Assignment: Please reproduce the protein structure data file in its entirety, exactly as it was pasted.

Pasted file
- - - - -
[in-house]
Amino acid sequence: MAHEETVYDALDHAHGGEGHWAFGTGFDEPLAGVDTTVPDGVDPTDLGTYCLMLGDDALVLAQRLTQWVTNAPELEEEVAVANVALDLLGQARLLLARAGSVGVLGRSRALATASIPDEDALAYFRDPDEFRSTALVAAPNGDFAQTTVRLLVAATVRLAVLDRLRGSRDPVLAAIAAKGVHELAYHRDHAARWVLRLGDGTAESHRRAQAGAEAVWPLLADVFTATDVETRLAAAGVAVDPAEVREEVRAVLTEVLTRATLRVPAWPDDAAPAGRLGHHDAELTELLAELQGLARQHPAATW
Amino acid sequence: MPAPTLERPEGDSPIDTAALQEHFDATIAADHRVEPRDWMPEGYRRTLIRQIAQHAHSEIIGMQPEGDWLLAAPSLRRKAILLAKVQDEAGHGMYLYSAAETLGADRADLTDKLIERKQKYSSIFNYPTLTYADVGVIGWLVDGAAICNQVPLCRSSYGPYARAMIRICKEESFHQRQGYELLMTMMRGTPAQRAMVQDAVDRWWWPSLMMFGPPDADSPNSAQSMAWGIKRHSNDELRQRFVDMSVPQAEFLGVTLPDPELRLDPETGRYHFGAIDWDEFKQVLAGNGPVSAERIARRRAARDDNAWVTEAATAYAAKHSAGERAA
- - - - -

[in-house]
Amino acid sequence: MAHEETVYDALDHAHGGEGHWAFGTGFDEPLAGVDTTVPDGVDPTDLGTYCLMLGDDALVLAQRLTQWVTNAPELEEEVAVANVALDLLGQARLLLARAGSVGVLGRSRALATASIPDEDALAYFRDPDEFRSTALVAAPNGDFAQTTVRLLVAATVRLAVLDRLRGSRDPVLAAIAAKGVHELAYHRDHAARWVLRLGDGTAESHRRAQAGAEAVWPLLADVFTATDVETRLAAAGVAVDPAEVREEVRAVLTEVLTRATLRVPAWPDDAAPAGRLGHHDAELTELLAELQGLARQHPAATW
Amino acid sequence: MPAPTLERPEGDSPIDTAALQEHFDATIAADHRVEPRDWMPEGYRRTLIRQIAQHAHSEIIGMQPEGDWLLAAPSLRRKAILLAKVQDEAGHGMYLYSAAETLGADRADLTDKLIERKQKYSSIFNYPTLTYADVGVIGWLVDGAAICNQVPLCRSSYGPYARAMIRICKEESFHQRQGYELLMTMMRGTPAQRAMVQDAVDRWWWPSLMMFGPPDADSPNSAQSMAWGIKRHSNDELRQRFVDMSVPQAEFLGVTLPDPELRLDPETGRYHFGAIDWDEFKQVLAGNGPVSAERIARRRAARDDNAWVTEAATAYAAKHSAGERAA